Wetlands training takes many forms, and is needed for the effective implementation of wetland science and management at site, national and wider scales; covering inter alia inventory, assessment and monitoring, restoration, national policy and plan development, site management planning and public awareness and education. There are many wetland-related training courses, and much other more project-linked training, that takes place in different countries and for different purposes. The Directory of Wetland Management Training Opportunities, initiated by the Ramsar Convention Bureau as part implementation of the Strategic Plan Objective 4, to date includes 65 training opportunities. Major new initiatives to provide training opportunities are also underway – notably the Wetlands for the Future Initiative that provides funding for wetland-related training in the Neotropics. Numerous other training tools, courses and centres are being developed.

As part of their implementation of the Convention, Contracting Parties are asked triennially to report on their identification of training needs within their countries. By early 1999, however, only 22 advised that a training needs analysis was underway, and 23 that they had systematically reviewed the training opportunities for nationals from their country. Although more Contracting Parties (74) did report that nationals from their country had received wetland-related training it is considered that much of such training was ad hoc and opportunistic rather than directed at addressing priority management problems (Ramsar Workplan 1999-2002).

To facilitate the better matching of training needs and training opportunities, and to develop new training initiatives where these are identified as lacking, the Ramsar Convention Bureau has identified the urgent need to develop and launch a major wetland manager training initiative under the Convention, in partnership with its International Partner Organisations, of which Wetlands International is one. Wetlands International and the Ramsar Convention Bureau propose to develop this initiative for a Wetlands Training Framework and Advisory Service, and to launch and, as resources permit to make operational, the initiative at the 8th Meeting of Contracting Parties of the Ramsar Convention (Spain, 2002). This proposal will, therefore, operationalise implementation of Ramsar Strategic Plan Operational Objective 4.2.

3. Wetlands International training experience, background and capacity

Wetlands International, since its formation over 40 years ago, has provided many in-country and centralised training courses, aimed at science professionals, wetlands managers, land use planners and rangers, for example. Courses have been based at well-equipped institutions in developed countries, however, increasingly since the 1980’s, Wetlands International has preferred to mount courses in developing countries in order to strengthen capacity, and to make more relevant the transfer of experience of wetlands science and management between countries, whether "South" or "North".

Key examples of recent training events are 1996-1997: 100 Indonesian middle level forestry managers were trained in Indonesia and in the UK (for specialised courses); in Senegal, West African specialists have developed wetlands training programmes for managers in over 11 countries of the region.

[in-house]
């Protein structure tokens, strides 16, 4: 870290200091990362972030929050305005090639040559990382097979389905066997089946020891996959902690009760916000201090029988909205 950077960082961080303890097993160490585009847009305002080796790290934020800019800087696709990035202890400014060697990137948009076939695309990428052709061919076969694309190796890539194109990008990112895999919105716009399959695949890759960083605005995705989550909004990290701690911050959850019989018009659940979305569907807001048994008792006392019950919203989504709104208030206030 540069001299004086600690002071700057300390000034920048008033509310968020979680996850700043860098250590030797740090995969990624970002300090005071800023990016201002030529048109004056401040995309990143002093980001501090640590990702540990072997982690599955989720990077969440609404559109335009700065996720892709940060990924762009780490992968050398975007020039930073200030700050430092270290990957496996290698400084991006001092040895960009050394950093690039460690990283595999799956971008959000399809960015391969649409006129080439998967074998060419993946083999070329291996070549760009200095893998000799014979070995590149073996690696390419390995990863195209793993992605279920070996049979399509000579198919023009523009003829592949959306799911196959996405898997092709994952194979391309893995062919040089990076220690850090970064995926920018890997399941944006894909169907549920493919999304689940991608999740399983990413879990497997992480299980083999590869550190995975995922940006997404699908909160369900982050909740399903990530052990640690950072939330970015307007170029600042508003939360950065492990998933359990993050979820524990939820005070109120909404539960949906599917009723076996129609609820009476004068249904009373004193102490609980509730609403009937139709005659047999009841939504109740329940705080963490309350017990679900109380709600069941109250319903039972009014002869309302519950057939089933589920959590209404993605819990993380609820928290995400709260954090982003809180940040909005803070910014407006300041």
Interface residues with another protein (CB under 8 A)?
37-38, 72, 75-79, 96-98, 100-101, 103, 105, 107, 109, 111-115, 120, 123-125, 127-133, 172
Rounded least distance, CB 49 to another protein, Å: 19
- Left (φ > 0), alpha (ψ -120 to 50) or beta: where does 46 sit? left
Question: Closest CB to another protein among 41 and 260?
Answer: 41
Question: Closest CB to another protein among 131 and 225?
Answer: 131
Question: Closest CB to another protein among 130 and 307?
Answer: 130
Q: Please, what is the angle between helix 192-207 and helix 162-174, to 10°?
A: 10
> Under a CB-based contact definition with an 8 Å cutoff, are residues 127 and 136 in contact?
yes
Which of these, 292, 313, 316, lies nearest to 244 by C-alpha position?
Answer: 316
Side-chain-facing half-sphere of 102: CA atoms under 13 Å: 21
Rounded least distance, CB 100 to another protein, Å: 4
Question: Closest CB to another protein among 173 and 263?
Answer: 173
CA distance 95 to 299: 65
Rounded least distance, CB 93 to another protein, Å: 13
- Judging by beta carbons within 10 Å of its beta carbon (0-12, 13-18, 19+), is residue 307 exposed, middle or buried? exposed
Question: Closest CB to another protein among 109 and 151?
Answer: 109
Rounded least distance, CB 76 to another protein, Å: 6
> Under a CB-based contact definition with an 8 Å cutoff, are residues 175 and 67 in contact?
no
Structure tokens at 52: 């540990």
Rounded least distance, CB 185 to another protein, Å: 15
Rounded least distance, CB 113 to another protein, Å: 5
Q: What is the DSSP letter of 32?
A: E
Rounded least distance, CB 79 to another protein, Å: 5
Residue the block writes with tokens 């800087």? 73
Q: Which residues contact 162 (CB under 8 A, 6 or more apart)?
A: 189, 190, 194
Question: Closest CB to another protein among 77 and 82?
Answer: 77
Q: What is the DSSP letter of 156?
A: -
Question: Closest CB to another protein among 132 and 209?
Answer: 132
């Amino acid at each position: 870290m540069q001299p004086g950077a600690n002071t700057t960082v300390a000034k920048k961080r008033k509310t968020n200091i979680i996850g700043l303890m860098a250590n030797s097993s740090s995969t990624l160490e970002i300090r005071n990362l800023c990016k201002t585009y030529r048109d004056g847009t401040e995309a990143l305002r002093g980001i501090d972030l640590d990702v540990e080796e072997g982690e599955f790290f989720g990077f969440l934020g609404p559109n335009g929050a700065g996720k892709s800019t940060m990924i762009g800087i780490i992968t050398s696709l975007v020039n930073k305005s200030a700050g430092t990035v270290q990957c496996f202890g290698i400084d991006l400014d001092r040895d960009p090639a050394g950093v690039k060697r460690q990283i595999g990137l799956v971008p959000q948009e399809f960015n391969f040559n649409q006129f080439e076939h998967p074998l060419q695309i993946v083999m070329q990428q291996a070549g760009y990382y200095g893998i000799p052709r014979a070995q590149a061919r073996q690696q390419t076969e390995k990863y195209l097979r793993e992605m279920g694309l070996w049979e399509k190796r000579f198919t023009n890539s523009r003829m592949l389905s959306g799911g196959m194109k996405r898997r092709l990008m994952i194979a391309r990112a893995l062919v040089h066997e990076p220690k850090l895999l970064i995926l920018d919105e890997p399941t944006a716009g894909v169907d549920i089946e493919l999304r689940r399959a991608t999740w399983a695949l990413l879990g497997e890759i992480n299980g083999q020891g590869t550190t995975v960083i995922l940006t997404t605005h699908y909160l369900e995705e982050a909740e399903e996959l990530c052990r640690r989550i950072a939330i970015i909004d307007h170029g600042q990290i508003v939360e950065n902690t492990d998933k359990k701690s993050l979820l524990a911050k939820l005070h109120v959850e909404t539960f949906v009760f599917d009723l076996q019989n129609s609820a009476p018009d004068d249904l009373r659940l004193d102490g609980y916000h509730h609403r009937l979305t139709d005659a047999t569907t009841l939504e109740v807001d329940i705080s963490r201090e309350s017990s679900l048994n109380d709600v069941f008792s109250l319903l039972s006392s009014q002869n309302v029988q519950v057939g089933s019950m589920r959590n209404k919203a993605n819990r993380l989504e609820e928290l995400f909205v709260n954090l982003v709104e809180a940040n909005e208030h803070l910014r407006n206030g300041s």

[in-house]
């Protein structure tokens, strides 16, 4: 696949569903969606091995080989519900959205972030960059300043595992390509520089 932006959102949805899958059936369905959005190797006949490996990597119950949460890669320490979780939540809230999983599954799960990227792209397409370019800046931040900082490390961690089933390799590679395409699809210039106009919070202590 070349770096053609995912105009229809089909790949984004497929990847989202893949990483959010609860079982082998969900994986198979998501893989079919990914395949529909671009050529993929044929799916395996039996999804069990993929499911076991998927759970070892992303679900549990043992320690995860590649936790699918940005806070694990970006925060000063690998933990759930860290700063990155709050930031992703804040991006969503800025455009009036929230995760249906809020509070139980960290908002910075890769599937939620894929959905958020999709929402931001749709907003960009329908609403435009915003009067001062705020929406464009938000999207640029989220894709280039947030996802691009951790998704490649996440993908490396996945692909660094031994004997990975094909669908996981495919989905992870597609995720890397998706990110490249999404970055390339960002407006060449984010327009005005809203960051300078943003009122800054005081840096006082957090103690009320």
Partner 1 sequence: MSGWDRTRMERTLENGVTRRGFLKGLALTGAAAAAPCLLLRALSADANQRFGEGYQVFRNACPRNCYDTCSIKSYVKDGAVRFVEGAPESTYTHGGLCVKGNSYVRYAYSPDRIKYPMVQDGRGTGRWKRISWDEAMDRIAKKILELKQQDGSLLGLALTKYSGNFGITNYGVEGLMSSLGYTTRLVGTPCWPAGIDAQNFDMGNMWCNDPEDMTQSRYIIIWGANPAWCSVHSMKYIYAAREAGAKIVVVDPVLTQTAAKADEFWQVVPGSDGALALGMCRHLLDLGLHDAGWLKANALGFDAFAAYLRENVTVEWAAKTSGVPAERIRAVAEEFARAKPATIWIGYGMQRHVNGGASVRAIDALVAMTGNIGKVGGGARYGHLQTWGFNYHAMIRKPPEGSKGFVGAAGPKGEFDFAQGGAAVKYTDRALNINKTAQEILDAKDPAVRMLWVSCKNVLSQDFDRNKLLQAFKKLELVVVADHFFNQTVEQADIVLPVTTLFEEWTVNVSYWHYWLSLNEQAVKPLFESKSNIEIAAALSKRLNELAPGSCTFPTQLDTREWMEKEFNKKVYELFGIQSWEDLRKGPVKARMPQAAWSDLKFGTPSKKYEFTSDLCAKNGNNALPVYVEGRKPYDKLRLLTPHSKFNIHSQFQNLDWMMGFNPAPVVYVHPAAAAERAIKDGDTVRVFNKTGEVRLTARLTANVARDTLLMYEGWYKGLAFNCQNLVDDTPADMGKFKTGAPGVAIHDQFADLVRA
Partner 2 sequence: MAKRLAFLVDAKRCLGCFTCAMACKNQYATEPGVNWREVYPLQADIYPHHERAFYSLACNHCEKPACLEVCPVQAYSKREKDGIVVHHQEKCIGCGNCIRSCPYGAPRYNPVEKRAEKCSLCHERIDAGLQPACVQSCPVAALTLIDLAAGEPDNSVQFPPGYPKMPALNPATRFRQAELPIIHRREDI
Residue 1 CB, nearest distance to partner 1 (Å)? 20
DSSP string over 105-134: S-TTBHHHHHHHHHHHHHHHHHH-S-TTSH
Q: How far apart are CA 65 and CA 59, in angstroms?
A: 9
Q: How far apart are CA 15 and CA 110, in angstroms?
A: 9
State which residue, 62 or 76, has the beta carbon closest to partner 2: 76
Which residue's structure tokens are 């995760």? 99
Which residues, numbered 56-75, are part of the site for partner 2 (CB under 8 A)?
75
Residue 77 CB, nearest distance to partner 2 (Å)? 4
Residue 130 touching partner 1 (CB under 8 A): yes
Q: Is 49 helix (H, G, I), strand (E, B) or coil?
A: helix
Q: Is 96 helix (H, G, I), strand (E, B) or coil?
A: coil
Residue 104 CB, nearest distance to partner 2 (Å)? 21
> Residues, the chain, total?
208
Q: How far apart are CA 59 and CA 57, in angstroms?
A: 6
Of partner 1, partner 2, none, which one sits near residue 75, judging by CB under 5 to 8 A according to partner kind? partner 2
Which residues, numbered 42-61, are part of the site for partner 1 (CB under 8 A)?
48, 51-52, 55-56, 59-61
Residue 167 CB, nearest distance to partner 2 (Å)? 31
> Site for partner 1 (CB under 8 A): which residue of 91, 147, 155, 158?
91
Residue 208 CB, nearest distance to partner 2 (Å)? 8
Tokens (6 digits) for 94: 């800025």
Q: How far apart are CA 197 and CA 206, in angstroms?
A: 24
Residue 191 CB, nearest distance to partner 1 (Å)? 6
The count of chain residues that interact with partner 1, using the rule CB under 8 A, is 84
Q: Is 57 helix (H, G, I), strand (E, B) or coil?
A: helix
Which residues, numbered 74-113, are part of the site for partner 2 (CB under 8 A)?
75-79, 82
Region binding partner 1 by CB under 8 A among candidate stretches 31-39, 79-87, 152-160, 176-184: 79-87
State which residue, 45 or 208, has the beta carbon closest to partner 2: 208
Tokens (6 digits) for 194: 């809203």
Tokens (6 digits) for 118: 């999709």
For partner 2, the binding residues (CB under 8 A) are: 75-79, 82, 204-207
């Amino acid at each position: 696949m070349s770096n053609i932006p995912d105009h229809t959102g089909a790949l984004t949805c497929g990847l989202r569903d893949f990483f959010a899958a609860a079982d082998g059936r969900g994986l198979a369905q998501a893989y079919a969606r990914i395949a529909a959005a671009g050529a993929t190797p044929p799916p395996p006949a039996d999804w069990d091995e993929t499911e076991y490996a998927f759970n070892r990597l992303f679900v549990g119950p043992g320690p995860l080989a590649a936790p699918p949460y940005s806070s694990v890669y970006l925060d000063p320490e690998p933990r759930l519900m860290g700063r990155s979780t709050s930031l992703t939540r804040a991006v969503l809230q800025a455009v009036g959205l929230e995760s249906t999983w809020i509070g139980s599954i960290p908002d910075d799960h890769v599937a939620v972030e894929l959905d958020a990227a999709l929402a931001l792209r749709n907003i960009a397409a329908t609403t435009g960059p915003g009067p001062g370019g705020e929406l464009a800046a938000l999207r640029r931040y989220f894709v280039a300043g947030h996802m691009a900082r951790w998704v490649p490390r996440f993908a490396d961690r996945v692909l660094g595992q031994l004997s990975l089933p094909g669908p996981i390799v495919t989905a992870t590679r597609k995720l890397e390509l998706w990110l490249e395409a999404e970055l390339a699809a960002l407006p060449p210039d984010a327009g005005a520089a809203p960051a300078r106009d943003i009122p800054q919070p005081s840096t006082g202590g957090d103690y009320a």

The effectiveness of training provided by Wetlands International reflects the strength of its network of committed professionals, based in the world’s leading research and teaching institutions, government institutes, and conservation partners. In particular, the Specialist Groups network of Wetlands International and that of it international Partners will be asked to provide a quality control review advisory group, with the function of ensuring that the web directory of training opportunities and register of training experts is kept up to date and of a high calibre.

4. Implementation

The approach envisages the development of a training framework that will:

  • assist Contracting Parties review their training needs in a standard way;
  • develop a comprehensive and interactive directory of training opportunities;
  • provide an Advisory Service, including a manned help-desk, to assist Contracting Parties in matching their training needs with the available opportunities;
  • assist those needing training in finding the necessary resources for such training; and
  • identify and seek to fill gaps in the availability of training at the appropriate level, topic and location.

It is anticipated that in the development of the Training Framework and Advisory Service, Wetlands International would be responsible, on behalf of the Ramsar Convention Bureau for programme development, and for establishing linkages with other organisations including international NGOs with relevant environmental training programmes, and national institutes and agencies providing wetland training.

Phase 1 implementation will involve:

  • Identification of Contracting Parties key needs through four pilot Regional Needs Assessment Workshops, in 2001.
  • Baseline assessment and peer review of wetland training opportunities and expertise; and
  • Consolidation of the opportunities identified in Phase 1. as a Training Opportunities web-searchable database.
  • Establishment of the Training and Advisory Service Help Desk, with English, French and Spanish language capacity

Phase 2 will involve:

  • Assistance to contracting Parties in assessing their wetland training needs, including the development of a standard training needs assessment process and tools; and
  • Facilitation and active management to enable the matching of needs with opportunities, through use of web-searchable Training Opportunities database and help-desk assistance.

5. Targeting mechanism: setting priorities